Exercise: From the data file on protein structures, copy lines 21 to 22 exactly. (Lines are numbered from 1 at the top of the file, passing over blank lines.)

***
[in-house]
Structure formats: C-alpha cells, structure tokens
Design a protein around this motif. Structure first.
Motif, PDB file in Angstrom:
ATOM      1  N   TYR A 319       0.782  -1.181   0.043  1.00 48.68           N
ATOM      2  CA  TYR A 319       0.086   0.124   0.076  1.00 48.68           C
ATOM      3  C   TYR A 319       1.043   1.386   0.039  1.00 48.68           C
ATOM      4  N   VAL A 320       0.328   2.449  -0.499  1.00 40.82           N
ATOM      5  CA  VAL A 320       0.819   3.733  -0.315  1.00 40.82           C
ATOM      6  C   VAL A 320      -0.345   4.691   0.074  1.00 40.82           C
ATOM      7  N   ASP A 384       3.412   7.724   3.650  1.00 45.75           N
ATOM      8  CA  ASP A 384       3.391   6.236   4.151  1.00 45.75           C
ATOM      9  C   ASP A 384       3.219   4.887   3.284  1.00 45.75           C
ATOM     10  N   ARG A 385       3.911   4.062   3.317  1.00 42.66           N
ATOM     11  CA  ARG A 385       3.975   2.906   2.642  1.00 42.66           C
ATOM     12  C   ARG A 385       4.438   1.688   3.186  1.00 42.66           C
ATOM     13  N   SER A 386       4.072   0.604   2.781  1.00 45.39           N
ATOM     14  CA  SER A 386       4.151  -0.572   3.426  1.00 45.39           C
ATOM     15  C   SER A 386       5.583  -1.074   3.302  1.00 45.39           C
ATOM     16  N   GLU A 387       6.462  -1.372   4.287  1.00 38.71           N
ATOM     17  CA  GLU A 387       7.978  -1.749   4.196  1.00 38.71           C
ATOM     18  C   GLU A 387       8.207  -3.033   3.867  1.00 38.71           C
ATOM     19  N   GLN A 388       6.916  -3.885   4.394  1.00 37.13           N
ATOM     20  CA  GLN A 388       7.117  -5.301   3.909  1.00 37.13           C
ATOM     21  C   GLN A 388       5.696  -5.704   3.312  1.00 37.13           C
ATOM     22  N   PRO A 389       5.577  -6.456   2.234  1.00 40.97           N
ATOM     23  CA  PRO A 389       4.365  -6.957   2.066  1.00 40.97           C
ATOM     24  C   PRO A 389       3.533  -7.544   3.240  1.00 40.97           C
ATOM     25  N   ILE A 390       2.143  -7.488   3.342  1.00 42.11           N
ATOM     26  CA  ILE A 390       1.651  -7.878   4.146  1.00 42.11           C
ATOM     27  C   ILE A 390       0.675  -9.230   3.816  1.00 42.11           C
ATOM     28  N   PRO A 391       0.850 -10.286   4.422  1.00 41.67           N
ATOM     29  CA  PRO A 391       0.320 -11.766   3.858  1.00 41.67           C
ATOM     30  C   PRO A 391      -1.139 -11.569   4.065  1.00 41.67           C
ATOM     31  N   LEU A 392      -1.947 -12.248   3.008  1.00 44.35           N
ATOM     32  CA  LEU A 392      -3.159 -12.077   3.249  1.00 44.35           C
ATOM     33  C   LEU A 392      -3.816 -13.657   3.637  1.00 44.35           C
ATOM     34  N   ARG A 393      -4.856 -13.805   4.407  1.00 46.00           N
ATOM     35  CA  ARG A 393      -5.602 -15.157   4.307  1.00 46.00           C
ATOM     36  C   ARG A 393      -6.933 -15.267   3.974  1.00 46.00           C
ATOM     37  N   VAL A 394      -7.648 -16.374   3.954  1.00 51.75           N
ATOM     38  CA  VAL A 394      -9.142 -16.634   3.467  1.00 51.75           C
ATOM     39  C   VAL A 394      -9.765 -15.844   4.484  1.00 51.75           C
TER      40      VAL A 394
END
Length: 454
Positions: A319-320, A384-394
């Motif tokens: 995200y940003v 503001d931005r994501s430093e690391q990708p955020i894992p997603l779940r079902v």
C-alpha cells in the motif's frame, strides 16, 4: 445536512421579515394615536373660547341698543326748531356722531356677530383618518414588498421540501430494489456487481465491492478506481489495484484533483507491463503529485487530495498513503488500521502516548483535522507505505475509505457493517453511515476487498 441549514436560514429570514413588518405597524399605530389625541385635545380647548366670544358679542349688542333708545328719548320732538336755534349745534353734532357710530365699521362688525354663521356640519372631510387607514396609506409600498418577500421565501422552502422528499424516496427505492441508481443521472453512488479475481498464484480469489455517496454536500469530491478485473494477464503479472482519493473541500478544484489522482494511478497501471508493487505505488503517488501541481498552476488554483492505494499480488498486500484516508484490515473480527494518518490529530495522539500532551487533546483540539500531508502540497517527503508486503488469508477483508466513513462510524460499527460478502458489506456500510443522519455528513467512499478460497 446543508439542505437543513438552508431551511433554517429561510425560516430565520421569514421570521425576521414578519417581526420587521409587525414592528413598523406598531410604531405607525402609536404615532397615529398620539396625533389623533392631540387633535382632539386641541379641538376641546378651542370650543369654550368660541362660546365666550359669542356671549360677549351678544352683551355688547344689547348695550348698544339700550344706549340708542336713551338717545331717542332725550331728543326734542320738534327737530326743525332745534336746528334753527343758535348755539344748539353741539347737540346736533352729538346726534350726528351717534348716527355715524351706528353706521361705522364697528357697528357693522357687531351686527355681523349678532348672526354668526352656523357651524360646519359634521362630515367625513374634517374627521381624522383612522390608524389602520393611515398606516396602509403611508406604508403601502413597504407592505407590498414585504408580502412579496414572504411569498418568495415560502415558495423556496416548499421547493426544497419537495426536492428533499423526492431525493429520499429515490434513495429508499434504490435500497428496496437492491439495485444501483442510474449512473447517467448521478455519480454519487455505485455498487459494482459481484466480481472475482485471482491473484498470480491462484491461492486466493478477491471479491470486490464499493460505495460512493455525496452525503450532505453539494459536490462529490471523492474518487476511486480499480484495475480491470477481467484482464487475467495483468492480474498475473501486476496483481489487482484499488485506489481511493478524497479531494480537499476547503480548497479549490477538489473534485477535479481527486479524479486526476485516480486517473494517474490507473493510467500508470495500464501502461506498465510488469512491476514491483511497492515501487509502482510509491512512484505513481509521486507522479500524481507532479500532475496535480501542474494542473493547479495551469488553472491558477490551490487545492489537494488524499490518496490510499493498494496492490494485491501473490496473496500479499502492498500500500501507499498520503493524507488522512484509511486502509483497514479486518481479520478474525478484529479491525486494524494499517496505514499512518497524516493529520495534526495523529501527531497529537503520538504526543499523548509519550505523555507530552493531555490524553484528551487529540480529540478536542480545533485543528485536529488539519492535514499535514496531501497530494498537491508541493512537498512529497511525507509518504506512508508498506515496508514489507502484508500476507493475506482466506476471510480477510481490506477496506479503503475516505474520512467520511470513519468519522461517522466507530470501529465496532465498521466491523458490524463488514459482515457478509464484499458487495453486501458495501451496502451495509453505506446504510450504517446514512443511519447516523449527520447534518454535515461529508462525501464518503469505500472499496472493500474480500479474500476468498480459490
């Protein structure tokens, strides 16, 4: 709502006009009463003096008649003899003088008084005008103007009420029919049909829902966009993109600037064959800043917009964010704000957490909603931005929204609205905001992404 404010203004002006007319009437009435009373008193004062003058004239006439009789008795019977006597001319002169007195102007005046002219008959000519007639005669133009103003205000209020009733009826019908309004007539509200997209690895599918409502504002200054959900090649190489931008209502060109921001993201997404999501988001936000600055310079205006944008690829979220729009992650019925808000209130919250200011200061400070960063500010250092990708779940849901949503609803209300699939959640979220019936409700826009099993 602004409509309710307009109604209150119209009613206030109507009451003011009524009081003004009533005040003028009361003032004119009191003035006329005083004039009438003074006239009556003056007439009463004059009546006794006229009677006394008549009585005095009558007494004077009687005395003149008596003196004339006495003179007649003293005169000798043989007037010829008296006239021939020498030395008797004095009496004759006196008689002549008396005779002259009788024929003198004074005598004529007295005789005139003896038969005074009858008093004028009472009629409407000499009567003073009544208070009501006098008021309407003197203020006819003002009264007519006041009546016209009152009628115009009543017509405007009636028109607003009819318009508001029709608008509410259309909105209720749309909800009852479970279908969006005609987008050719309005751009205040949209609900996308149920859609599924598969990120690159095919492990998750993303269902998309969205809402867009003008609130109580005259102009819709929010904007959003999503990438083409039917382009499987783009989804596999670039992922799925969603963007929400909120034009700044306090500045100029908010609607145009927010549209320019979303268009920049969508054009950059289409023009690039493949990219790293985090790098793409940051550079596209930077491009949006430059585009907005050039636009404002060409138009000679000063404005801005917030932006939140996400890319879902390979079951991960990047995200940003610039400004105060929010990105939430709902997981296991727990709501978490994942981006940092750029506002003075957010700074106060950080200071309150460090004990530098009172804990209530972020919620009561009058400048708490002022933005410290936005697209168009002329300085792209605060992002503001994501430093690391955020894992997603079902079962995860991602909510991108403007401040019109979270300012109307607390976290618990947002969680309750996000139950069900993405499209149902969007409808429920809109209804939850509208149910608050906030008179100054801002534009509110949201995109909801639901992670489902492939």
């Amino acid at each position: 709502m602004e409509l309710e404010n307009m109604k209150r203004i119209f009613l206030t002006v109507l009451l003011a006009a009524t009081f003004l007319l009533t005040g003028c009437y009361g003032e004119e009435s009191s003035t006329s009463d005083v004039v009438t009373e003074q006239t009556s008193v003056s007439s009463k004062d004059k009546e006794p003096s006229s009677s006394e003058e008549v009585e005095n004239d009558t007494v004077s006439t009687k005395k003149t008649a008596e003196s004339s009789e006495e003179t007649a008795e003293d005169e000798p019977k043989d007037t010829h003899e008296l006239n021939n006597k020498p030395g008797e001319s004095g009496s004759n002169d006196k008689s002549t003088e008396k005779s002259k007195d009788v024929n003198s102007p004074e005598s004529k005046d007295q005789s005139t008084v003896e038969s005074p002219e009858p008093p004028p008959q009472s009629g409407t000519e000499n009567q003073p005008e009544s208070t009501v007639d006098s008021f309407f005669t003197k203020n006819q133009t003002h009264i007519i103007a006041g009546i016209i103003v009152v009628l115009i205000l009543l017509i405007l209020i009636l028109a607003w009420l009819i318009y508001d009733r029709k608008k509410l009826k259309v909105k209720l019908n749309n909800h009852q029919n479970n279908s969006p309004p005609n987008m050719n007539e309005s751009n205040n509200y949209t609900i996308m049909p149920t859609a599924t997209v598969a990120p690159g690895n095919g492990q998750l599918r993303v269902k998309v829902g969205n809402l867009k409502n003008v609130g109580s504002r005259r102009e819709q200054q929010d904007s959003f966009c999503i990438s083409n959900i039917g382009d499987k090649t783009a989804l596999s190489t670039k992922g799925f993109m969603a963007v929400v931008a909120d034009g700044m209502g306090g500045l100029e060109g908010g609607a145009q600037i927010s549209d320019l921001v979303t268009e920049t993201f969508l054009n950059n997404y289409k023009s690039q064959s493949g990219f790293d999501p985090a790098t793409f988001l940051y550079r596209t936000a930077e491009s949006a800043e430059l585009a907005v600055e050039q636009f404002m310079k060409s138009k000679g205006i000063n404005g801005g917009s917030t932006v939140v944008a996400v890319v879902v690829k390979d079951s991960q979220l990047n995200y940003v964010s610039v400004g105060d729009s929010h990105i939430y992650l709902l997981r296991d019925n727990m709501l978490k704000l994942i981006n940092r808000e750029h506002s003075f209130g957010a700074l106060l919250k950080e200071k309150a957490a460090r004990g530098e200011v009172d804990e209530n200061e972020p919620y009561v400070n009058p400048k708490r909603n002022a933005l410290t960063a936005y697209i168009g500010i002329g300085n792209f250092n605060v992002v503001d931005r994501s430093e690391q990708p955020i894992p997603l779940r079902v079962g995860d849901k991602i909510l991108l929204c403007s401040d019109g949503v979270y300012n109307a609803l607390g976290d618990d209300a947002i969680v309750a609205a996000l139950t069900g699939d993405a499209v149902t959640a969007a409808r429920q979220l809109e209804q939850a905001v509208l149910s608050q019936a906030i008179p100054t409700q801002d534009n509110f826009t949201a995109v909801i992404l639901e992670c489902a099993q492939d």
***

ATOM     17  CA  GLU A 387       7.978  -1.749   4.196  1.00 38.71           C
ATOM     18  C   GLU A 387       8.207  -3.033   3.867  1.00 38.71           C